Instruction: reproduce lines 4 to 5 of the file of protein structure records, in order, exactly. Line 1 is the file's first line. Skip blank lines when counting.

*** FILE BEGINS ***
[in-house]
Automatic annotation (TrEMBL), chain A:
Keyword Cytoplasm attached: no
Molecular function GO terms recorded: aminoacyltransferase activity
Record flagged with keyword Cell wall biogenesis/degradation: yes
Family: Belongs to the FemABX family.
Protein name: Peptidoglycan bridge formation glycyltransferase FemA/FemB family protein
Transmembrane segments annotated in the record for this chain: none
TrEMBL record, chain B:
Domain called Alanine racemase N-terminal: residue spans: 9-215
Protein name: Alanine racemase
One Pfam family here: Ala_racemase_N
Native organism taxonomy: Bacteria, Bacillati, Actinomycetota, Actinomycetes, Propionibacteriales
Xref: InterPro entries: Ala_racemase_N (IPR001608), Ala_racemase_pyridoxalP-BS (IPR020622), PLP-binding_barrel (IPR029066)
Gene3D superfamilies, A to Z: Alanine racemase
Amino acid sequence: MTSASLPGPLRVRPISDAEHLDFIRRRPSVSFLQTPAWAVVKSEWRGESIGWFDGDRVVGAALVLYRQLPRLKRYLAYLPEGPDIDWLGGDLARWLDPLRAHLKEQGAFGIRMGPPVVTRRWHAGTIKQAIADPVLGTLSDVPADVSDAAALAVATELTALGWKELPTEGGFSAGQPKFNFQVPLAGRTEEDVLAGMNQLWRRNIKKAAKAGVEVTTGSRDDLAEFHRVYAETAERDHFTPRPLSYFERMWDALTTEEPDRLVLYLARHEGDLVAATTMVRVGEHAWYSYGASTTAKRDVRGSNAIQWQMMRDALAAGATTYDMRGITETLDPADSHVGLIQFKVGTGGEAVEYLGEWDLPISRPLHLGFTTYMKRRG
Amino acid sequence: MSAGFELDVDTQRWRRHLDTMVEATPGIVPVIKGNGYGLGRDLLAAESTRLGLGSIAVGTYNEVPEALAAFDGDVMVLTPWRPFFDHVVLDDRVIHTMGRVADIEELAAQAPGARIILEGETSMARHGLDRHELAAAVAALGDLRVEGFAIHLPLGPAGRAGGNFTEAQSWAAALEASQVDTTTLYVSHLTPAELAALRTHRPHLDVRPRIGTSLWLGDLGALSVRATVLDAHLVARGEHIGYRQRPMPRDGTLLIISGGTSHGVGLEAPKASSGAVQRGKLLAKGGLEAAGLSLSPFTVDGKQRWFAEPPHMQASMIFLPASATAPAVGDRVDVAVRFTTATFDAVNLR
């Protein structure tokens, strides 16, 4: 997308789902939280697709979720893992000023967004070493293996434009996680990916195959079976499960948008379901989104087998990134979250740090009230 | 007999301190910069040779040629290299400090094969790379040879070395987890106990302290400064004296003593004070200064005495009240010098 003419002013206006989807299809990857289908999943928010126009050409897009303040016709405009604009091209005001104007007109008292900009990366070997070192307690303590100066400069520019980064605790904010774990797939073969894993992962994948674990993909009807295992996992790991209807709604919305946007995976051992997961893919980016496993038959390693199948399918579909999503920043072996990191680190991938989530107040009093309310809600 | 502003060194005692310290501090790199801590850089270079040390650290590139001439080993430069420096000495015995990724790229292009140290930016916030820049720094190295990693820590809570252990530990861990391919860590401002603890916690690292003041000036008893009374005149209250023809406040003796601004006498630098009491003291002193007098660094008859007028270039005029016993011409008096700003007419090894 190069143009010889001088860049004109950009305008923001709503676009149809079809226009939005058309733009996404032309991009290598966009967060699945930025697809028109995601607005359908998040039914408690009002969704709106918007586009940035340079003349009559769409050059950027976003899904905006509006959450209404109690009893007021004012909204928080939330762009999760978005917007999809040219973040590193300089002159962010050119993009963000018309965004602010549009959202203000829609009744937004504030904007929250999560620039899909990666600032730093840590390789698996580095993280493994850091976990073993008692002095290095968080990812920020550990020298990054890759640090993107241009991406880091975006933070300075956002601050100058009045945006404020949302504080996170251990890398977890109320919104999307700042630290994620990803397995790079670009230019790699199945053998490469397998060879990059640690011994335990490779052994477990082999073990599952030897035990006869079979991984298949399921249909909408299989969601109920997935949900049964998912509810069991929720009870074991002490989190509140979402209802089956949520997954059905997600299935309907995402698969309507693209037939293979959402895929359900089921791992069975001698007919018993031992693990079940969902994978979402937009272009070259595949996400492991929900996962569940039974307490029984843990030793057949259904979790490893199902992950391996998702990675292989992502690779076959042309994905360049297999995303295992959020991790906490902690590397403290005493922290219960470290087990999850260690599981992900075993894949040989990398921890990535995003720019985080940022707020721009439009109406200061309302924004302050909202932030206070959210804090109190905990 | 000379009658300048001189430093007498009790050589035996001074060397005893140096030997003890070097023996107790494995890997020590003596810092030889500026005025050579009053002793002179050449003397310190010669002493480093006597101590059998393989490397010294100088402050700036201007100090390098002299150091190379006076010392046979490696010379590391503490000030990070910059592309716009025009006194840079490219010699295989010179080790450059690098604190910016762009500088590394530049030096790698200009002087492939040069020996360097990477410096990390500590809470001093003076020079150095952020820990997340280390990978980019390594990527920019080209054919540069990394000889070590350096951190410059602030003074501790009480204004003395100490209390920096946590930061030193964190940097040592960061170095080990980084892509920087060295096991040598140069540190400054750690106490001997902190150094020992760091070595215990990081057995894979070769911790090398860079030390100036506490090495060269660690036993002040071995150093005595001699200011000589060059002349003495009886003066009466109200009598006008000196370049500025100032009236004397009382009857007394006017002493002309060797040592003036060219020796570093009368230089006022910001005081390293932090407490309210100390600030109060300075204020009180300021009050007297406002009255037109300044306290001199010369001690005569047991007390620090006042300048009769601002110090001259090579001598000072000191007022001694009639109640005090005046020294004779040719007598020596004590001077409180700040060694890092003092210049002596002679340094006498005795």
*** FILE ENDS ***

Molecular function GO terms recorded: aminoacyltransferase activity
Record flagged with keyword Cell wall biogenesis/degradation: yes